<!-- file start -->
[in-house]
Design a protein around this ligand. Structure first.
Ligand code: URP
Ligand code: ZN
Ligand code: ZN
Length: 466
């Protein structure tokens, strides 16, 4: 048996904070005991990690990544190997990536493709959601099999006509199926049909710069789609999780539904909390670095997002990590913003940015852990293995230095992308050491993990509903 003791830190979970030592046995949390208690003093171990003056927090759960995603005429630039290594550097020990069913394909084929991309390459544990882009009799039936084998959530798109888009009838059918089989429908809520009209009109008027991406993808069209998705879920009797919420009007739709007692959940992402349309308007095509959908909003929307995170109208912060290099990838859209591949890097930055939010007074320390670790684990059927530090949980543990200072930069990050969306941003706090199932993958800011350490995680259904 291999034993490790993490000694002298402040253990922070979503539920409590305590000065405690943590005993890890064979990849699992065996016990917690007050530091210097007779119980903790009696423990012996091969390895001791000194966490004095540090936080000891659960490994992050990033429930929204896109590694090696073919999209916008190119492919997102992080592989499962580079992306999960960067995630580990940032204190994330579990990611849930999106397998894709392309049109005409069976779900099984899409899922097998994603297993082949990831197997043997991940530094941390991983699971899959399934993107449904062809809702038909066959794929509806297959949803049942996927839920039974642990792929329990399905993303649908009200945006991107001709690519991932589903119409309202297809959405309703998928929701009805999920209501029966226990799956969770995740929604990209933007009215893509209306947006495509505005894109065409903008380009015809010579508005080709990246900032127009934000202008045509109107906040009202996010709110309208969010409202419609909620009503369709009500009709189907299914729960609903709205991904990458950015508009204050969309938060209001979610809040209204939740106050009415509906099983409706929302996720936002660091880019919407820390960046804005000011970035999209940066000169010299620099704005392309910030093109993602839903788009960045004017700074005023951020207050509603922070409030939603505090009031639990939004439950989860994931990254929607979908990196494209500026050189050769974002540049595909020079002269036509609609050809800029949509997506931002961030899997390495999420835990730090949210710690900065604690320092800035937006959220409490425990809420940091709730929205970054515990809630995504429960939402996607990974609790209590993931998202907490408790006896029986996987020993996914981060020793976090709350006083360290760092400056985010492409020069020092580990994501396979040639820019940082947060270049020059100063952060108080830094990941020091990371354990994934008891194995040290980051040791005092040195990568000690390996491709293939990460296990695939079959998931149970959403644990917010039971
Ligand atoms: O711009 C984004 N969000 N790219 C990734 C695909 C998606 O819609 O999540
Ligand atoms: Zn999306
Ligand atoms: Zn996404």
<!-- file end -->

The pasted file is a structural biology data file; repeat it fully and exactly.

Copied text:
[in-house]
Design a protein around this ligand. Structure first.
Ligand code: URP
Ligand code: ZN
Ligand code: ZN
Length: 466
């Protein structure tokens, strides 16, 4: 048996904070005991990690990544190997990536493709959601099999006509199926049909710069789609999780539904909390670095997002990590913003940015852990293995230095992308050491993990509903 003791830190979970030592046995949390208690003093171990003056927090759960995603005429630039290594550097020990069913394909084929991309390459544990882009009799039936084998959530798109888009009838059918089989429908809520009209009109008027991406993808069209998705879920009797919420009007739709007692959940992402349309308007095509959908909003929307995170109208912060290099990838859209591949890097930055939010007074320390670790684990059927530090949980543990200072930069990050969306941003706090199932993958800011350490995680259904 291999034993490790993490000694002298402040253990922070979503539920409590305590000065405690943590005993890890064979990849699992065996016990917690007050530091210097007779119980903790009696423990012996091969390895001791000194966490004095540090936080000891659960490994992050990033429930929204896109590694090696073919999209916008190119492919997102992080592989499962580079992306999960960067995630580990940032204190994330579990990611849930999106397998894709392309049109005409069976779900099984899409899922097998994603297993082949990831197997043997991940530094941390991983699971899959399934993107449904062809809702038909066959794929509806297959949803049942996927839920039974642990792929329990399905993303649908009200945006991107001709690519991932589903119409309202297809959405309703998928929701009805999920209501029966226990799956969770995740929604990209933007009215893509209306947006495509505005894109065409903008380009015809010579508005080709990246900032127009934000202008045509109107906040009202996010709110309208969010409202419609909620009503369709009500009709189907299914729960609903709205991904990458950015508009204050969309938060209001979610809040209204939740106050009415509906099983409706929302996720936002660091880019919407820390960046804005000011970035999209940066000169010299620099704005392309910030093109993602839903788009960045004017700074005023951020207050509603922070409030939603505090009031639990939004439950989860994931990254929607979908990196494209500026050189050769974002540049595909020079002269036509609609050809800029949509997506931002961030899997390495999420835990730090949210710690900065604690320092800035937006959220409490425990809420940091709730929205970054515990809630995504429960939402996607990974609790209590993931998202907490408790006896029986996987020993996914981060020793976090709350006083360290760092400056985010492409020069020092580990994501396979040639820019940082947060270049020059100063952060108080830094990941020091990371354990994934008891194995040290980051040791005092040195990568000690390996491709293939990460296990695939079959998931149970959403644990917010039971
Ligand atoms: O711009 C984004 N969000 N790219 C990734 C695909 C998606 O819609 O999540
Ligand atoms: Zn999306
Ligand atoms: Zn996404």